Tablet vs. Chromebook: Which Device Is Worth Your Money?

Tablets and Chromebooks were the two PC categories with the biggest market share growth in 2020. Chromebook shipments were up by 122 percent compared to the previous year while tablet shipments were up 42 percent.

If you’re in the market for a new PC and are wondering whether you should get a Chromebook or a tablet, you’re not alone. Let’s look at a comparison between tablet vs Chromebook and how to choose the right one for your needs.

Tablet vs. Chromebook: The Fundamental Differences

The fundamental difference between a tablet and a Chromebook is the form factor.

Tablets use touchscreen displays and are designed for use without a keyboard. Most of them work with external keyboards, and mice in some cases, but they don’t typically include them.

Chromebooks are more like a traditional laptop with a built-in keyboard and trackpad. The big difference between a Chromebook and any other laptop is that they run Google’s ChromeOS operating system instead of Windows or macOS.

There are several factors you should consider when deciding which way to go.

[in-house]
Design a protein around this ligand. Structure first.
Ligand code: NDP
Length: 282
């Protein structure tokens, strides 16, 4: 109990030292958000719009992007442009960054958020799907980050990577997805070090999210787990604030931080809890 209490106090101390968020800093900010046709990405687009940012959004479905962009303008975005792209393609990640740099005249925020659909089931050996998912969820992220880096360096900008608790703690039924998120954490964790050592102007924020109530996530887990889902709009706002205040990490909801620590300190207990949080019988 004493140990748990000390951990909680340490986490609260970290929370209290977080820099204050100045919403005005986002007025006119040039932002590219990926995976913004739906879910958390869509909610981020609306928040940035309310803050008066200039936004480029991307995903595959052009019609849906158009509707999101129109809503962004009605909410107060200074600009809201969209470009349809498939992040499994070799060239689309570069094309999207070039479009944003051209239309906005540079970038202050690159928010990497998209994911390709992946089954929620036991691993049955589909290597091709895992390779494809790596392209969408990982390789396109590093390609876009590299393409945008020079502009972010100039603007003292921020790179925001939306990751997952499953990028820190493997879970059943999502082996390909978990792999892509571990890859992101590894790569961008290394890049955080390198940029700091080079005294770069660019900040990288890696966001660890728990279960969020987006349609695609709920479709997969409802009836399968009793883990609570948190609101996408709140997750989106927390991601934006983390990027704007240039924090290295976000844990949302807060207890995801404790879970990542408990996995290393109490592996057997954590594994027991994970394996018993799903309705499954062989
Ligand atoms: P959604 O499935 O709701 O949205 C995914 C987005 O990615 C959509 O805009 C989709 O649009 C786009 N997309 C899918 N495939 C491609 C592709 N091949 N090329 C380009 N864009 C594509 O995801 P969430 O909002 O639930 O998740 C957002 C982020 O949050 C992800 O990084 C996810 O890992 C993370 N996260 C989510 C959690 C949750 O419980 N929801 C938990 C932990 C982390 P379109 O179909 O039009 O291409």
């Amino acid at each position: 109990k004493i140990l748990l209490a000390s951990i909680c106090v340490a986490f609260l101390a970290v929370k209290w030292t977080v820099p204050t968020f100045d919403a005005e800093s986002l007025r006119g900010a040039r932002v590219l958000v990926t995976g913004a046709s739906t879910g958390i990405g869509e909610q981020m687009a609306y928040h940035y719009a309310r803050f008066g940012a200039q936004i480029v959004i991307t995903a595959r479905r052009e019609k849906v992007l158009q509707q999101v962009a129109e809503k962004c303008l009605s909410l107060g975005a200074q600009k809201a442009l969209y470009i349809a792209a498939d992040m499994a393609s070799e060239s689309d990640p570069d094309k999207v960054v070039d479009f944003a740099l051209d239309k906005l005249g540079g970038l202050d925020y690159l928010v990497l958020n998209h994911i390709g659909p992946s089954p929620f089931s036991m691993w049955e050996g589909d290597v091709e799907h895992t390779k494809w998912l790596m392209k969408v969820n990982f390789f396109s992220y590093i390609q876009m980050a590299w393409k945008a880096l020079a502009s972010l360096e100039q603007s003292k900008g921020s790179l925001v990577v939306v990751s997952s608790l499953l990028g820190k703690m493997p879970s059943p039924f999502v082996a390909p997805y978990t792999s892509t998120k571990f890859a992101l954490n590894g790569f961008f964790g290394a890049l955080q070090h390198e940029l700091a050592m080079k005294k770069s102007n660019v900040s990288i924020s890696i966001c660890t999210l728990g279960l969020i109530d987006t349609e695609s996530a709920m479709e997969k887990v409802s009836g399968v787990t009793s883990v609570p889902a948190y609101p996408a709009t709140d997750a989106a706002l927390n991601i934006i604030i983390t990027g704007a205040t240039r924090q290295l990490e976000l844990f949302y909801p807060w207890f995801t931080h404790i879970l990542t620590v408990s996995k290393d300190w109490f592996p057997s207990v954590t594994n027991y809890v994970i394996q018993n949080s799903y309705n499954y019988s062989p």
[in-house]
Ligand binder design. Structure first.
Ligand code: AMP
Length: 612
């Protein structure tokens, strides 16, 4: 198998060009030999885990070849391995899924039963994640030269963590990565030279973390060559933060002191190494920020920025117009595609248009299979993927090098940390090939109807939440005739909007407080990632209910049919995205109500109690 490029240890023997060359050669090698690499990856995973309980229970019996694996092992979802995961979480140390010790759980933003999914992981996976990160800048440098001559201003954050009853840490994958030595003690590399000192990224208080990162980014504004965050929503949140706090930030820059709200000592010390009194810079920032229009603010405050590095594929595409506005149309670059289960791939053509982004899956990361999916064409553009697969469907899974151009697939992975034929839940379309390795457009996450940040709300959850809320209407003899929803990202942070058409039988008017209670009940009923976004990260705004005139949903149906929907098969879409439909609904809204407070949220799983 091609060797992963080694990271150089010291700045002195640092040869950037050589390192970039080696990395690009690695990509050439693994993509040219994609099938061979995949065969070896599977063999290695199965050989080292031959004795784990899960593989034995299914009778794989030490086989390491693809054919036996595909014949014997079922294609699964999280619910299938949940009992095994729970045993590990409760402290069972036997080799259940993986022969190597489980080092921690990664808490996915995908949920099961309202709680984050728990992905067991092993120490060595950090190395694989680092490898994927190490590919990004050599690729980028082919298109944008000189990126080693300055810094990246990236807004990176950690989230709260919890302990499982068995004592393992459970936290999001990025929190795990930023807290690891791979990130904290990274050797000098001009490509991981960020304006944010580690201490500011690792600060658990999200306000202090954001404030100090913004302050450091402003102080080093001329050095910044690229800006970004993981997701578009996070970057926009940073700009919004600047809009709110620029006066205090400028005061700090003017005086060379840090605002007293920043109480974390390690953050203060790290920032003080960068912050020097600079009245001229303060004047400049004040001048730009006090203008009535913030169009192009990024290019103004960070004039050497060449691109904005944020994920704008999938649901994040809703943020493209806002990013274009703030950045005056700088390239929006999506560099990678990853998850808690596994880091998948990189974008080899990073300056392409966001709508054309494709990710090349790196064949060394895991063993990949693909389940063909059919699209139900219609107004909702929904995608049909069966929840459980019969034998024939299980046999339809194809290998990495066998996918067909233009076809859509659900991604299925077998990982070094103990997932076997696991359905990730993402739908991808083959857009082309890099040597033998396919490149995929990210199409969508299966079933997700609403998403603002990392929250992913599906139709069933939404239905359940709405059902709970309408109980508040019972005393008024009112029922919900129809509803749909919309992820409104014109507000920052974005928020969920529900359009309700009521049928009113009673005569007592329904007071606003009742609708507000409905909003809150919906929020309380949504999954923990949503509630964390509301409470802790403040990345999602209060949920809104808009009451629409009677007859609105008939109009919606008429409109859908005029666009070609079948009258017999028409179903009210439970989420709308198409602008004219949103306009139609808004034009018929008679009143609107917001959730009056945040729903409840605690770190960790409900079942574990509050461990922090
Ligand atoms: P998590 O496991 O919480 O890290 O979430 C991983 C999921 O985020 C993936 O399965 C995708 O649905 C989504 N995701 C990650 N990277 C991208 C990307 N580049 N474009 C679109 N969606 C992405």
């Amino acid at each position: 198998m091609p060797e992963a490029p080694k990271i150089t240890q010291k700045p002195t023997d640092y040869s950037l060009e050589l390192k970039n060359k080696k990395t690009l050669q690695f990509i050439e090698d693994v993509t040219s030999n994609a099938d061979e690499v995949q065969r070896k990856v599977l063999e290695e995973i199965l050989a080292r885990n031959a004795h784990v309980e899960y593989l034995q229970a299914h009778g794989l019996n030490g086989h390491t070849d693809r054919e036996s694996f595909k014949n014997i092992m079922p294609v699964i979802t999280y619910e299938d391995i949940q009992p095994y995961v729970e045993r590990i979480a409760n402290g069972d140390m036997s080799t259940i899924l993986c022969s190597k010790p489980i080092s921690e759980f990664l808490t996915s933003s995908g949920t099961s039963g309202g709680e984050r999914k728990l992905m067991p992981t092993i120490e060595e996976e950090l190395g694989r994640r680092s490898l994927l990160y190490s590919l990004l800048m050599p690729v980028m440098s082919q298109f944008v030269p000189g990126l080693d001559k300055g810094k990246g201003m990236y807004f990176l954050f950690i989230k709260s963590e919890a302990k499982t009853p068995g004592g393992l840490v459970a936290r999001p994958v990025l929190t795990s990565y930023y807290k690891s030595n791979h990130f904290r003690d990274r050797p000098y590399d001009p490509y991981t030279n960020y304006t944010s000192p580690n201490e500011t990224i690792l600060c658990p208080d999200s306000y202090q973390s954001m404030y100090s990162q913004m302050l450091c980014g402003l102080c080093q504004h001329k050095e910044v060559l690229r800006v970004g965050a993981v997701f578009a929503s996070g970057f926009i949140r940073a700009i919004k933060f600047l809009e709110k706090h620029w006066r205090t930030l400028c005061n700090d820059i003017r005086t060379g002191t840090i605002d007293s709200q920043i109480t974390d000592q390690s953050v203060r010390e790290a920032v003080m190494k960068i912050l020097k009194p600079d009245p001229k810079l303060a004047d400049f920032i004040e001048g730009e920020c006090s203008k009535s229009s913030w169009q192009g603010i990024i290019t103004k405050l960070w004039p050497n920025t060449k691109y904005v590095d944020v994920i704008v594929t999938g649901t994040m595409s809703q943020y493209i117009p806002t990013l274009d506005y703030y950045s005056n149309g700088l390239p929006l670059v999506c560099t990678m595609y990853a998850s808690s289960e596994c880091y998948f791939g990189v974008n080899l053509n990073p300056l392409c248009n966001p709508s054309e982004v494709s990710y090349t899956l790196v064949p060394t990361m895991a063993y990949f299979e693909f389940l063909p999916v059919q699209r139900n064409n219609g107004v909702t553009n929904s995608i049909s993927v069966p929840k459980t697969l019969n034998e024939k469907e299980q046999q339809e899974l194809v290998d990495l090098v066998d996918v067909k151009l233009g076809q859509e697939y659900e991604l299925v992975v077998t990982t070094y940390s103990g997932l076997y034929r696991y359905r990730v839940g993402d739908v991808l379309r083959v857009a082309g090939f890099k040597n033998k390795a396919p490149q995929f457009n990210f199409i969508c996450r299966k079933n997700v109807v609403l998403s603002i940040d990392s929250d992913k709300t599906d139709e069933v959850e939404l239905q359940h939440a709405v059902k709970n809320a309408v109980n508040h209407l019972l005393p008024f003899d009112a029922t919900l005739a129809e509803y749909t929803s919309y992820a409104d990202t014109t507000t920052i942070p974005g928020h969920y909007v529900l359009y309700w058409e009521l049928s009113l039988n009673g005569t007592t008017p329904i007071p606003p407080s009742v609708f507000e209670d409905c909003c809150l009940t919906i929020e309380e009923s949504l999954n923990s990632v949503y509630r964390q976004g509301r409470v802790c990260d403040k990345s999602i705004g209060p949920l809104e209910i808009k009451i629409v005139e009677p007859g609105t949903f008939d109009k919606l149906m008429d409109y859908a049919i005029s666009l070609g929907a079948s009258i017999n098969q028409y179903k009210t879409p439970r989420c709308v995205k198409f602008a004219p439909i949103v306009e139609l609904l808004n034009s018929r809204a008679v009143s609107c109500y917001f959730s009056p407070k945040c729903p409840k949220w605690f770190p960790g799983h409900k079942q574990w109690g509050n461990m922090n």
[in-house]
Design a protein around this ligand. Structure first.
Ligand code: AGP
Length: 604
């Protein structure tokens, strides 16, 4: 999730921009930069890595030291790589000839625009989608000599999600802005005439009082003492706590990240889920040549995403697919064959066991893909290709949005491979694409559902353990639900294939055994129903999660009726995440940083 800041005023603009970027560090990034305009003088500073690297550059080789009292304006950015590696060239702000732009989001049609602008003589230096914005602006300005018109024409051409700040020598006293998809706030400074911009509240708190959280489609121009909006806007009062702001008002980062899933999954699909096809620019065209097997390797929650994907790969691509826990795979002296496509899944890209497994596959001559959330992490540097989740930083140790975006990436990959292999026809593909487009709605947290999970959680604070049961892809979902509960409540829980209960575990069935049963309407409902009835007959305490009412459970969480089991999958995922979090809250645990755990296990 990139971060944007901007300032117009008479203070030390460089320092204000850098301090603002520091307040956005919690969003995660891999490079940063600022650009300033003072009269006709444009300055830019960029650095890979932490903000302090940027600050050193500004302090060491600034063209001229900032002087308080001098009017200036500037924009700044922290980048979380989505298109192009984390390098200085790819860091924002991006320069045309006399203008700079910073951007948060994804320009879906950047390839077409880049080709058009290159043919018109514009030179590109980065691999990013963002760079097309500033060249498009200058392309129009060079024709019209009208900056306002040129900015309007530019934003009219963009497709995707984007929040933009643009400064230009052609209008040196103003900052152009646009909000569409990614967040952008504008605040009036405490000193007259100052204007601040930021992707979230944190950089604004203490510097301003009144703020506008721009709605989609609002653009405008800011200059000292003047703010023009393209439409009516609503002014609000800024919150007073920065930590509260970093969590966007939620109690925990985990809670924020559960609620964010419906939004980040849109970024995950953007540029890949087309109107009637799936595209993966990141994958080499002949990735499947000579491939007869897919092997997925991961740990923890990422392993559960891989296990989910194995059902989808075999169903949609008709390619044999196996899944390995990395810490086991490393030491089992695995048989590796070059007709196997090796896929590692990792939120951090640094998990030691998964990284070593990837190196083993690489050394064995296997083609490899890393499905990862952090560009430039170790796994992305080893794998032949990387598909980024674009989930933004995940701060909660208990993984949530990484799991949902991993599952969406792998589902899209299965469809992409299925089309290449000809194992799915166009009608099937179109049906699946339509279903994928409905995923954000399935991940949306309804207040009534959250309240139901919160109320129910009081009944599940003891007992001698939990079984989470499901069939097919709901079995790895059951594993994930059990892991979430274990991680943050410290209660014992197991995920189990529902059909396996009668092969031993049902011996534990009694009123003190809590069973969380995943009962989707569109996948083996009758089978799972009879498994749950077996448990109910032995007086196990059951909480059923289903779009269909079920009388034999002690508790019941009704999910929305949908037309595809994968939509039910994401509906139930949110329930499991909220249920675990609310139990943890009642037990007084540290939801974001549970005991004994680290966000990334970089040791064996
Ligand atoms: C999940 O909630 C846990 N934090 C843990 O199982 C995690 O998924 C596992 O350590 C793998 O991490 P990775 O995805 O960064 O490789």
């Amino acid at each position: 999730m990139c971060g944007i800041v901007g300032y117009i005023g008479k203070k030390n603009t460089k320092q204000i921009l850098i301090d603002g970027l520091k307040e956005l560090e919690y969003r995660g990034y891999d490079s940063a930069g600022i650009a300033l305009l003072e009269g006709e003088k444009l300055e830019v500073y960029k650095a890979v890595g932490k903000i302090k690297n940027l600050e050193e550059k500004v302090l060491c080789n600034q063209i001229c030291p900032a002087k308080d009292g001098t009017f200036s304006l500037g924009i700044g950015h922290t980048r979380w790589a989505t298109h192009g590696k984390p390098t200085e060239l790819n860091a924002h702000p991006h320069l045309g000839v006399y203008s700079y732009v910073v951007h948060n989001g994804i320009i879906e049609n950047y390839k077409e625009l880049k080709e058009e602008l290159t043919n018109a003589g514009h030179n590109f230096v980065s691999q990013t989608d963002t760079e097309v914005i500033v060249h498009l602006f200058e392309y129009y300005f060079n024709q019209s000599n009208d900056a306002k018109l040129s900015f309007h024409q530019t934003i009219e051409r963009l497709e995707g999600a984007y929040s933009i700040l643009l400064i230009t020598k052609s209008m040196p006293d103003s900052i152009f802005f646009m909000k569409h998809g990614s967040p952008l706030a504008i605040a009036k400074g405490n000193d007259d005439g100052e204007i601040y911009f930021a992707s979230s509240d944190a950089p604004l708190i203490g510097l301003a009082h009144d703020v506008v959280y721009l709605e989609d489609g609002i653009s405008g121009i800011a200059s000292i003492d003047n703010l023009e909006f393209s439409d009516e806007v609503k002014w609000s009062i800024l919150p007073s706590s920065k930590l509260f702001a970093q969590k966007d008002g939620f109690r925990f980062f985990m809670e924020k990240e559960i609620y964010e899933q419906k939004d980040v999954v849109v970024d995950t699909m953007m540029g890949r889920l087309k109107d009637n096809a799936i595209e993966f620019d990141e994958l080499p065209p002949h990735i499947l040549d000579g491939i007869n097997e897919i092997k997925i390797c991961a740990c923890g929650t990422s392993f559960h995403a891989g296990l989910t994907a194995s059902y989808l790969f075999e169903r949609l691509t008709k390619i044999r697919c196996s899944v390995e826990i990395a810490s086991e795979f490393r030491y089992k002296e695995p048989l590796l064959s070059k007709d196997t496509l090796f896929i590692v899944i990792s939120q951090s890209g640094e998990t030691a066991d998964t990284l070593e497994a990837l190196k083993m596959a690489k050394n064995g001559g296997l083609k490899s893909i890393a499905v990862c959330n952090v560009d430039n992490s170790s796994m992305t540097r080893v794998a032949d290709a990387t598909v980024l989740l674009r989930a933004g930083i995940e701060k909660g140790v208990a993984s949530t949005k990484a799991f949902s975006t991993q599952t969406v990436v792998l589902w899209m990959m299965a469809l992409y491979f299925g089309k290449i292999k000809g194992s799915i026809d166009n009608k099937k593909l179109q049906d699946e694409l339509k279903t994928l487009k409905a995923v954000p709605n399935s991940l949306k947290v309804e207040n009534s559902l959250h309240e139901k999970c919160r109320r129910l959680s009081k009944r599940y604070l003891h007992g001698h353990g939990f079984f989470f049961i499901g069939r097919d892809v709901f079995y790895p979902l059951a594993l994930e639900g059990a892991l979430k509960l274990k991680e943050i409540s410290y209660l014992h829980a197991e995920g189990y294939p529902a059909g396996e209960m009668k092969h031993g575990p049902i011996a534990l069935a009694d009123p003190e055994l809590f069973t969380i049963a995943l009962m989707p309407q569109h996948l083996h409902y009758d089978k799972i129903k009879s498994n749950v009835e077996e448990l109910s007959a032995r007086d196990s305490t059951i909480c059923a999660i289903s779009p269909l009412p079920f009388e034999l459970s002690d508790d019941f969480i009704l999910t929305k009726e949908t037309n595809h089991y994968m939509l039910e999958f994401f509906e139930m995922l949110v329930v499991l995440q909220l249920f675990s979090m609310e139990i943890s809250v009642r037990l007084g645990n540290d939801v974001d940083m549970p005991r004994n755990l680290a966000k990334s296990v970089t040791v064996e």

Portability Comparison Between Chromebooks and Tablets

Chromebooks and tablets are both designed for portability but tablets have a slight edge here.

Because they don’t have a built-in keyboard or trackpad, they’re smaller and lighter than most Chromebooks. This makes them easier to carry since you can stick them in your purse or briefcase.

On the other hand, if you need a keyboard and mouse to get work done, Chromebooks become a lot more competitive. If you use a keyboard and mouse with a tablet, assuming you’re using a model that supports those peripherals, you’ll have a couple of extra pieces of equipment to carry with you.

By the time you add those to a tablet, the weight and size will be the same or even more than a Chromebook. In that case, a Chromebook will be more portable and you won’t need to worry about dealing with several different pieces of equipment.

Peripherals and Add-Ons for Each Device

As we’ve already mentioned, some tablets like Apple’s iPad series let you add external keyboards and mice. There are plenty of other add-ons for these devices as well.

Cases, styluses, external battery packs, and even external storage devices can connect to some tablets. This lets you add more functionality as well as protect your tablet from damage.

The selection of peripherals varies from one brand to another though. The iPad is probably the most widely-supported, with a huge selection of add-ons both from Apple and from third-party companies.

Chromebooks don’t generally have as many add-ons designed for a particular model. But because they’re more like a traditional laptop, you can use a lot of the add-ons available for the notebook market.

Chromebooks also have more external ports for connecting peripherals to the laptop itself. Most tablets only have a single port.